Cavitary lung lesions, Lemierre's syndrome

Thanks Joel for a great case! This is a case of a young person with recent URI symptoms presenting with chest pain and shortness of breath found to have cavitary lung lesions and fusobacterium bacteremia thought to have had transient Lemierre's syndrome.



Main points:

  1. Smoking marijuana (either due to inhaling spores from smoking or aleveolar damage from smoking) predisposes immunocompromised hosts to invasive pulmonary aspergillosis
  2. Septic pulmonary emboli with preceding pharyngitis should prompt consideration of Lemierre's syndrome.
  3. We discussed whether it is a good idea to anticoagulate in the setting of supperative thrombophlebitis and it remains a debated issue with no good data other than expert opinion/ case reports.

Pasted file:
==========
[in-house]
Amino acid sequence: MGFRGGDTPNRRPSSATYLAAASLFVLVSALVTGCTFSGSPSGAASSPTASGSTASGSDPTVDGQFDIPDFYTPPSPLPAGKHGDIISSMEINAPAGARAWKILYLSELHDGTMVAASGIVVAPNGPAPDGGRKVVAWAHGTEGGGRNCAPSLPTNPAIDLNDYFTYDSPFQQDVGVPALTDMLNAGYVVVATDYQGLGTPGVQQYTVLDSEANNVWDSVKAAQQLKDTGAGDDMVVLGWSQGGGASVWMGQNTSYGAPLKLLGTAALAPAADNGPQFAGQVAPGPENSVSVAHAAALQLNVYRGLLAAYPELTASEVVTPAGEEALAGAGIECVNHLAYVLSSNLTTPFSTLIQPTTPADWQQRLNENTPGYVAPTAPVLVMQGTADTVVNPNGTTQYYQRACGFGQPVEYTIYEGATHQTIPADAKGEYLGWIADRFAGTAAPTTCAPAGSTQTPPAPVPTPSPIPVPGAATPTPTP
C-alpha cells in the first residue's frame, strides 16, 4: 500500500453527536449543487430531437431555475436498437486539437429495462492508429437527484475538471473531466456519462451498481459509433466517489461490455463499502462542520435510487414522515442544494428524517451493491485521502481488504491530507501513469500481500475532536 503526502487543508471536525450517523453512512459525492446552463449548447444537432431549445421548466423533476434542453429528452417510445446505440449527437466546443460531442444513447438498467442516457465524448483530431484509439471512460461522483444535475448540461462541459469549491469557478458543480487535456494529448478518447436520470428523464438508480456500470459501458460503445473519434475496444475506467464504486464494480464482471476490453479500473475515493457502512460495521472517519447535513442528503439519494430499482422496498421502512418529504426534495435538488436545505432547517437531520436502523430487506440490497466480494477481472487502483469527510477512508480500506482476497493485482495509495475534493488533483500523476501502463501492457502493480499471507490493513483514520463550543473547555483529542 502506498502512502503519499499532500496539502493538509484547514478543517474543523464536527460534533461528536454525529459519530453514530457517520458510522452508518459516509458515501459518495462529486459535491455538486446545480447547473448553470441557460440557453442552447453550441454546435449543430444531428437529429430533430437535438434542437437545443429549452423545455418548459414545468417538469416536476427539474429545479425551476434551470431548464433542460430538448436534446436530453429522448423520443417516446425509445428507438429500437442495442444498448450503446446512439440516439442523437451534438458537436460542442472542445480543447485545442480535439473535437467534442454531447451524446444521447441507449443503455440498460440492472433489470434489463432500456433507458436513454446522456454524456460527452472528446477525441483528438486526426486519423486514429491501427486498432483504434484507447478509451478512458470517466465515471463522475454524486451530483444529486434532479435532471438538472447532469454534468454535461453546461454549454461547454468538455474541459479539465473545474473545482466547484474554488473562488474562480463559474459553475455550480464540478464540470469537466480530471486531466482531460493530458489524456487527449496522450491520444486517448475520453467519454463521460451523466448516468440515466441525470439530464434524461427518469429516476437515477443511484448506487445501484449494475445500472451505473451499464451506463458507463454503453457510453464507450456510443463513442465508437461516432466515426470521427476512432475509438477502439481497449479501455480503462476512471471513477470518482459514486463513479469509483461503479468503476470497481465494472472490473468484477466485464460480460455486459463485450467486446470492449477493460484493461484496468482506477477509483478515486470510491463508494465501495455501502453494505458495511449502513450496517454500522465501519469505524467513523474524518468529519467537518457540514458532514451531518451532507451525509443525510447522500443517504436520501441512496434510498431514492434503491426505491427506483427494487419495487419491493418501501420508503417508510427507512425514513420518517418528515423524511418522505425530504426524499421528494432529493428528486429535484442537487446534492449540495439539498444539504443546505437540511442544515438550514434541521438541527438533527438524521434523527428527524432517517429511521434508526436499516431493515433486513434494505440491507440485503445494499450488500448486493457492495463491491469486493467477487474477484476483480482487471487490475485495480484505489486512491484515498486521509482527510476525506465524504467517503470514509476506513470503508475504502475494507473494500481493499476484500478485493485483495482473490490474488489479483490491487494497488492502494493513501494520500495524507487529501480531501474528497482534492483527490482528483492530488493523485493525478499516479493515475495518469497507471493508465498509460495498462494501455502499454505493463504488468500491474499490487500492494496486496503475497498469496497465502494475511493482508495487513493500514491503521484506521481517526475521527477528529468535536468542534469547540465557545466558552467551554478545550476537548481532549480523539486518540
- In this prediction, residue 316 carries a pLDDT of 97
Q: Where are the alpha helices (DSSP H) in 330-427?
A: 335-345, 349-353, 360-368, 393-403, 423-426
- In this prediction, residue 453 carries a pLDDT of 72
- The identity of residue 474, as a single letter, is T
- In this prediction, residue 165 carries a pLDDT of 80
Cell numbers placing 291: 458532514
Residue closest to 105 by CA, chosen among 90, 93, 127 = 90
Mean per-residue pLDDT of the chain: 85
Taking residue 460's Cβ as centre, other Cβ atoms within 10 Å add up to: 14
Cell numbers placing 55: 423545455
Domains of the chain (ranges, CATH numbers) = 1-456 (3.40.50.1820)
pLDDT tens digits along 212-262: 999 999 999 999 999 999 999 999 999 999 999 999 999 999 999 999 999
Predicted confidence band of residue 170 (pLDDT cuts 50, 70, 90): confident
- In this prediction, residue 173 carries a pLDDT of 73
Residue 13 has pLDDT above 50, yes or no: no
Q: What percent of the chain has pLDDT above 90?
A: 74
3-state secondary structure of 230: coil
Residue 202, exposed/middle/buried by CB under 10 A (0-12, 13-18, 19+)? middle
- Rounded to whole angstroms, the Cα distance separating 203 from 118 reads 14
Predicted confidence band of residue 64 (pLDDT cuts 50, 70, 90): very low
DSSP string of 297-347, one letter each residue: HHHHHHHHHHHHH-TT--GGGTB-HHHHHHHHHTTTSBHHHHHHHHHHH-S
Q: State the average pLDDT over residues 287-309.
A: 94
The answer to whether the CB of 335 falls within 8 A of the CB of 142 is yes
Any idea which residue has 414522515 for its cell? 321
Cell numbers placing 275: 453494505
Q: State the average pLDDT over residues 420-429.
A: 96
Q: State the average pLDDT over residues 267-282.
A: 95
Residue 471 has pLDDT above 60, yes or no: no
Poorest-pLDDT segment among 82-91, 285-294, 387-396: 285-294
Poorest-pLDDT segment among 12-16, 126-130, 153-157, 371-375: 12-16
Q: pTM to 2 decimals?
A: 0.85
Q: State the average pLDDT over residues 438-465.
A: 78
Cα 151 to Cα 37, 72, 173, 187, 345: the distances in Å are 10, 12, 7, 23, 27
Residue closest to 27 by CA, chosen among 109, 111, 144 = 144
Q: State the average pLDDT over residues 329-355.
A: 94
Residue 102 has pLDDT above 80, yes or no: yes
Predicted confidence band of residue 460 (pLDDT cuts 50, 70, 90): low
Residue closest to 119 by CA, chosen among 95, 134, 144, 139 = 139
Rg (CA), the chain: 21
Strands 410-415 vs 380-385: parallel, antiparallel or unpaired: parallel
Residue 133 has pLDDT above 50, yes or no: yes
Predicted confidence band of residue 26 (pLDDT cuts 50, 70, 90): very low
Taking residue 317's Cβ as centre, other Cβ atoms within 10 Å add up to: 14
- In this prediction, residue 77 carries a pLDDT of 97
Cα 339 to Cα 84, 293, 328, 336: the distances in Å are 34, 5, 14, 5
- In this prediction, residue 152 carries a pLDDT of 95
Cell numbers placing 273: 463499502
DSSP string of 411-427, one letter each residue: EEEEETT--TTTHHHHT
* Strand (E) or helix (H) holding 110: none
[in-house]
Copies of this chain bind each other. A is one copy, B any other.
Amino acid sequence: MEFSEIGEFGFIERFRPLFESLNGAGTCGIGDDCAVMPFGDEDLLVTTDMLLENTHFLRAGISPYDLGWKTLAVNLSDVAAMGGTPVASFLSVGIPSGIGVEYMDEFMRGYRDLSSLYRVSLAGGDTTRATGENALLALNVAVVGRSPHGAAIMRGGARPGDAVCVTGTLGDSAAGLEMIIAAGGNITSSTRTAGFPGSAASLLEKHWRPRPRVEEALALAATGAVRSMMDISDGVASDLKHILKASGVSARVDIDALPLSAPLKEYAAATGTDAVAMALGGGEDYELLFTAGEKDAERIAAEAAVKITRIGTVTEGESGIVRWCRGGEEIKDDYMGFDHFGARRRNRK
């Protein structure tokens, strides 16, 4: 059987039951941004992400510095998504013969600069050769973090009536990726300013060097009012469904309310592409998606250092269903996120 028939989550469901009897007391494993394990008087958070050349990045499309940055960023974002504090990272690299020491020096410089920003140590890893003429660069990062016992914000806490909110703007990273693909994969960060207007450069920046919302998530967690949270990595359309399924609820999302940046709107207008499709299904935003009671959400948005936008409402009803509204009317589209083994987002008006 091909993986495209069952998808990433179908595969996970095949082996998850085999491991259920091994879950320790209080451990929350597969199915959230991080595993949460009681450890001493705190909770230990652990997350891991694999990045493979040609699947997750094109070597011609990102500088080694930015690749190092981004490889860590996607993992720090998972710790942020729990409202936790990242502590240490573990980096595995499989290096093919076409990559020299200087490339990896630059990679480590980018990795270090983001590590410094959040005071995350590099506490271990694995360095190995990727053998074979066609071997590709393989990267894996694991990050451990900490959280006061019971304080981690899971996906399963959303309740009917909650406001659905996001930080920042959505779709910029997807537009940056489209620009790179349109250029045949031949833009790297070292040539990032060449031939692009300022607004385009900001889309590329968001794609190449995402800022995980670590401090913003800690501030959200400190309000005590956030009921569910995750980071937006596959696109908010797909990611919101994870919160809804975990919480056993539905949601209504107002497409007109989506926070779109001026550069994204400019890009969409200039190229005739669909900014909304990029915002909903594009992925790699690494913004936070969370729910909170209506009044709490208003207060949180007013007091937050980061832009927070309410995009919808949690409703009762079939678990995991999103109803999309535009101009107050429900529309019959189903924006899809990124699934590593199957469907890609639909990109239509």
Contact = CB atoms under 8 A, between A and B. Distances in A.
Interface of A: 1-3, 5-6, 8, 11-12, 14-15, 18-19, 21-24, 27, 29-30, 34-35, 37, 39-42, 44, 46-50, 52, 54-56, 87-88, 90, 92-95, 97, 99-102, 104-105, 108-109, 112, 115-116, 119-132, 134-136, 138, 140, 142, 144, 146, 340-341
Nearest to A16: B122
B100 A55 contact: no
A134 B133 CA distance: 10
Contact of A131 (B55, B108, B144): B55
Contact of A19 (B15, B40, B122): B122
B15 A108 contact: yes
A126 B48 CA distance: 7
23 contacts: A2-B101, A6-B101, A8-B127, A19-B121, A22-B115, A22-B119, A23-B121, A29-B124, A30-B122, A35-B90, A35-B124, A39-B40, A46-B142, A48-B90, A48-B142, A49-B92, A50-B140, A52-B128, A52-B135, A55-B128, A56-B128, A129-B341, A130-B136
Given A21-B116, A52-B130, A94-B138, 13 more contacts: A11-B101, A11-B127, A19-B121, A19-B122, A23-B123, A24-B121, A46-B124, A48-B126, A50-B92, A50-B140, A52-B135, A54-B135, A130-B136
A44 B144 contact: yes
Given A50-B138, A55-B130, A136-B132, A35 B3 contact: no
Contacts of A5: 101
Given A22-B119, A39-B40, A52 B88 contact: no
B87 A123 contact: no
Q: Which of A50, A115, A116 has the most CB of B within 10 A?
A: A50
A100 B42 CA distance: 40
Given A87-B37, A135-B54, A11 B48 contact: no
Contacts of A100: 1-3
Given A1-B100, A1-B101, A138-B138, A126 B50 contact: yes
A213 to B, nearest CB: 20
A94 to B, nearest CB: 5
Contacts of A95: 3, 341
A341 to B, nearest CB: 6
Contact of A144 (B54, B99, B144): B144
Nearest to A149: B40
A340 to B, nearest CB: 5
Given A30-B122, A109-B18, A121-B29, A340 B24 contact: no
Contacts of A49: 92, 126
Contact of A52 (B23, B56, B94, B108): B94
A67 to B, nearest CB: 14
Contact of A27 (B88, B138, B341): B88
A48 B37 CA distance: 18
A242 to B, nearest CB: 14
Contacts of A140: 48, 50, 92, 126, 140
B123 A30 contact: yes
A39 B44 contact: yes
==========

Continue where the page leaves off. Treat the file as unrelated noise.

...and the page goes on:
Want to learn more?

Influenza and myocardial injury

Here is a link to an interesting NEJM correlative case series coming out of a group in Canada. Approximately 300 records were pulled from hospital records of individuals who had an MI AND had PCR-proven influenza within a year of each other. It was noted that there was a strong correlation between influenza and myocardial injury within 7 days. The caveat is this doesn't tell us anything about incidence or the chance of getting one when the other happens acutely.

Cavitary lung lesions

The differential of cavitary lung lesions in an immunocompetent patient includes infectious (bacterial abscess, fungal, TB, rare viral/ parasitic) vs noninfectious etiologies (malignancy, vasculitis, sarcoid, PE w infarct, severe bronchiectasis). Here is a great article from SHM with an approach to cavitary lung lesions.